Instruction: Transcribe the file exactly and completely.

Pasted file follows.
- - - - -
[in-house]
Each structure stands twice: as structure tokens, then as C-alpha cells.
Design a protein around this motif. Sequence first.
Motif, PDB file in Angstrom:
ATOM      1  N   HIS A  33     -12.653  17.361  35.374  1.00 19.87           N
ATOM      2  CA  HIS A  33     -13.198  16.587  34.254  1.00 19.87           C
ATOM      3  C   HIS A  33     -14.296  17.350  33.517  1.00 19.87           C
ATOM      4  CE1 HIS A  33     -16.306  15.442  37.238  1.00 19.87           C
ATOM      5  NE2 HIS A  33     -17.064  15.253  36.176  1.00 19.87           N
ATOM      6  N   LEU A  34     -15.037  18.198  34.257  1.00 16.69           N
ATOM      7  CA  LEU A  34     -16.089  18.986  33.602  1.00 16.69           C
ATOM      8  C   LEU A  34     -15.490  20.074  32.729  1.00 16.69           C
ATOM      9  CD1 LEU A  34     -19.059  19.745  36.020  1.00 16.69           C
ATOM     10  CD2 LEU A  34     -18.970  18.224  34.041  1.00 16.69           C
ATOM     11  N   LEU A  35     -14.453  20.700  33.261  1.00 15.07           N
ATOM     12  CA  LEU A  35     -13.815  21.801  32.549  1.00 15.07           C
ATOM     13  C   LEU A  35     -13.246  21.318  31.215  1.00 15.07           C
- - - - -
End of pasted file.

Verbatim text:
[in-house]
Each structure stands twice: as structure tokens, then as C-alpha cells.
Design a protein around this motif. Sequence first.
Motif, PDB file in Angstrom:
ATOM      1  N   HIS A  33     -12.653  17.361  35.374  1.00 19.87           N
ATOM      2  CA  HIS A  33     -13.198  16.587  34.254  1.00 19.87           C
ATOM      3  C   HIS A  33     -14.296  17.350  33.517  1.00 19.87           C
ATOM      4  CE1 HIS A  33     -16.306  15.442  37.238  1.00 19.87           C
ATOM      5  NE2 HIS A  33     -17.064  15.253  36.176  1.00 19.87           N
ATOM      6  N   LEU A  34     -15.037  18.198  34.257  1.00 16.69           N
ATOM      7  CA  LEU A  34     -16.089  18.986  33.602  1.00 16.69           C
ATOM      8  C   LEU A  34     -15.490  20.074  32.729  1.00 16.69           C
ATOM      9  CD1 LEU A  34     -19.059  19.745  36.020  1.00 16.69           C
ATOM     10  CD2 LEU A  34     -18.970  18.224  34.041  1.00 16.69           C
ATOM     11  N   LEU A  35     -14.453  20.700  33.261  1.00 15.07           N
ATOM     12  CA  LEU A  35     -13.815  21.801  32.549  1.00 15.07           C
ATOM     13  C   LEU A  35     -13.246  21.318  31.215  1.00 15.07           C